Upon returning from a recent trip to Thailand, some friends of mine related experiences of what it's like to travel on somewhat primitive roads in somewhat primitive vehicles. Disconcerting at first, apparently, but totally acceptable after a few trips prove that it's (relatively) safe. The vehicles of choice in Thailand, along with a bunch of other far-away locales, are Tuk Tuks, three-wheeled machines that marry the front end of a scooter to the rear end of a passenger car. Soon, you'll be abl
We recently reported on the unfortunate demise of the Bajaj 3-wheeler from the American market due to slow sales. Happily, a new brand of funky 3-wheelers is set to make its debut in the U.S. by way of Thailand. Tuk Tuk North America (TTNA) reports that its vehicles are currently undergoing EPA and NHTSA testing for road-use approval, though its line of trikes is reportedly already for sale for off-road use. Available in a number of passenger, cargo and truck body styles, the Tuk Tuk comes equip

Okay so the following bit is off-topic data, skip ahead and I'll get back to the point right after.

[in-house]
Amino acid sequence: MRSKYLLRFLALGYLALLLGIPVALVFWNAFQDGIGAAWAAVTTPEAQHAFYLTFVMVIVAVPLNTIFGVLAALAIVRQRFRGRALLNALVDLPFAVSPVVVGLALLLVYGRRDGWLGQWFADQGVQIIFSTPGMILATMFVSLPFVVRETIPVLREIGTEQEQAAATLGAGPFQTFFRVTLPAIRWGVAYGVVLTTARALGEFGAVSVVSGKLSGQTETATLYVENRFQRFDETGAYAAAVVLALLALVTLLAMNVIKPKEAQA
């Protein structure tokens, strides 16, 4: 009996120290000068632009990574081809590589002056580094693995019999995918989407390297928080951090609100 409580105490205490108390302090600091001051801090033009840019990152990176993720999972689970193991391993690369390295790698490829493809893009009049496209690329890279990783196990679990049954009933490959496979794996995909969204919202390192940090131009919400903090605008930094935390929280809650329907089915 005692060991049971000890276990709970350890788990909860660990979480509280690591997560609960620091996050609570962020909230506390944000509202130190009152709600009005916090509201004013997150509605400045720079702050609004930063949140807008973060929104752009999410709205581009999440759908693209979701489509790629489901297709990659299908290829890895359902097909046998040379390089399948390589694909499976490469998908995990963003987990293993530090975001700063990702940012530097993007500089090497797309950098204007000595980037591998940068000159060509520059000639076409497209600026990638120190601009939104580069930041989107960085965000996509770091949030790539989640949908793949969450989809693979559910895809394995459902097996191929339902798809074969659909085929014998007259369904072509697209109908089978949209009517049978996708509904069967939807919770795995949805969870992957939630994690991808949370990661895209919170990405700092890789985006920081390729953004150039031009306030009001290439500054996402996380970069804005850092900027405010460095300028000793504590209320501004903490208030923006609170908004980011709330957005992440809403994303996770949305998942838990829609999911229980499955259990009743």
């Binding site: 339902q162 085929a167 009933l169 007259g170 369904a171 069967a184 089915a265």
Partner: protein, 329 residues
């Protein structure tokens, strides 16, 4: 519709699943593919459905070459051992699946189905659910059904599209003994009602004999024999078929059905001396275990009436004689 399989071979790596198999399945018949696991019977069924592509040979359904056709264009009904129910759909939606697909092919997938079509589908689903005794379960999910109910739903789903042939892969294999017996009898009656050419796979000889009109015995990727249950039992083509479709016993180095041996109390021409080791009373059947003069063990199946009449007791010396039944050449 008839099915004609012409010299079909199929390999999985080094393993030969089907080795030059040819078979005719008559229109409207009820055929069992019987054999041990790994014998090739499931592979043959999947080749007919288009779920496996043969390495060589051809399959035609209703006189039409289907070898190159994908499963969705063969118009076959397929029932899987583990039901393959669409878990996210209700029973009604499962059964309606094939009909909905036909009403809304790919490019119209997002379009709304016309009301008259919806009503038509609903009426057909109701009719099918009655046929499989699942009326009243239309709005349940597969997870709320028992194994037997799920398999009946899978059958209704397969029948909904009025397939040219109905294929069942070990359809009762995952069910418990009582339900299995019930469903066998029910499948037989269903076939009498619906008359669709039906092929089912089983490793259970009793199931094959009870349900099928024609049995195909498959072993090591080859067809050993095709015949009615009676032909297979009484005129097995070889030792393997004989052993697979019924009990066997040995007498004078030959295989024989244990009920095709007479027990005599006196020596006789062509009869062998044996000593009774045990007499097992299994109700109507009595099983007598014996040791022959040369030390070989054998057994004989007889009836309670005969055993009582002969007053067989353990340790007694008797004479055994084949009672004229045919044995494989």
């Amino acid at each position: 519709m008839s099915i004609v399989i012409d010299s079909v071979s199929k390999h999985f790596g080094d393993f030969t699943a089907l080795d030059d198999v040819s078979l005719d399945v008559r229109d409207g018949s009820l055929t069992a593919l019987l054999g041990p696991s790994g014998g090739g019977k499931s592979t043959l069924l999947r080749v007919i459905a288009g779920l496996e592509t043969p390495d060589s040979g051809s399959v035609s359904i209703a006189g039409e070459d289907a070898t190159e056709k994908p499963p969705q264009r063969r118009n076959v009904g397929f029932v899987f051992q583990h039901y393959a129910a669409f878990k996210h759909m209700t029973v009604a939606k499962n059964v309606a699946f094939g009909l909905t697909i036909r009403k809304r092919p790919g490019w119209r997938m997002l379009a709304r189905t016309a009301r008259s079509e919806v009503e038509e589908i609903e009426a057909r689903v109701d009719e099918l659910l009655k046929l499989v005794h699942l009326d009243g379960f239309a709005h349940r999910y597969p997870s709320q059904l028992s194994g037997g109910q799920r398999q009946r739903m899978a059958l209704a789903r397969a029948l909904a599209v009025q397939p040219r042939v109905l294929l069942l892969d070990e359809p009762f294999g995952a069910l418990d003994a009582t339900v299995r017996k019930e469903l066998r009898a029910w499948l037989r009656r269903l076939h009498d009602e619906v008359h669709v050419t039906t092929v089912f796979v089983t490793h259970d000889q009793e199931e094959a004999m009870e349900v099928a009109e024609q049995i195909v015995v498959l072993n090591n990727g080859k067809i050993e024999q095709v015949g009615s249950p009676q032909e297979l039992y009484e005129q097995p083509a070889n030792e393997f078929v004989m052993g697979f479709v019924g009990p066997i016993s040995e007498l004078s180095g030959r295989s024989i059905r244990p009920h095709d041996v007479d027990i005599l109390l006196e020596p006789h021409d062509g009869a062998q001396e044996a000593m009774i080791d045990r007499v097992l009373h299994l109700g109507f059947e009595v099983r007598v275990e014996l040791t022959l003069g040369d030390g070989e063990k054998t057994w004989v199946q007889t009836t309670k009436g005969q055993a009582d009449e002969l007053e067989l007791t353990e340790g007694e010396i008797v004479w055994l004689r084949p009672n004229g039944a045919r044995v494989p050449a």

Currently, there are a few small manufacturers marketing in the small, three-wheeled vehicle segment. Obviously, ZAP comes to mind with their electric Xebra sedan and pickup truck. Bajaj sells small three-wheeled utility vehicles here as well. It looks like we can add Trifun to that list, as they reportedly plan to sell a few thousand three-wheeled vehicles this year in the U.S.
Ah yes, the good old rickshaw. I have never seen one in actual use myself, but that's probably because I don't regularly leave the continental United States, where they are not a very popular choice, even in urban areas. But, I read that they are common in other parts of the world, and we have covered them a few times in the past. When I first read the headline for this story, the first thing that came to mind was the story we had a while back about the walking electric rickshaw pulled by a fake
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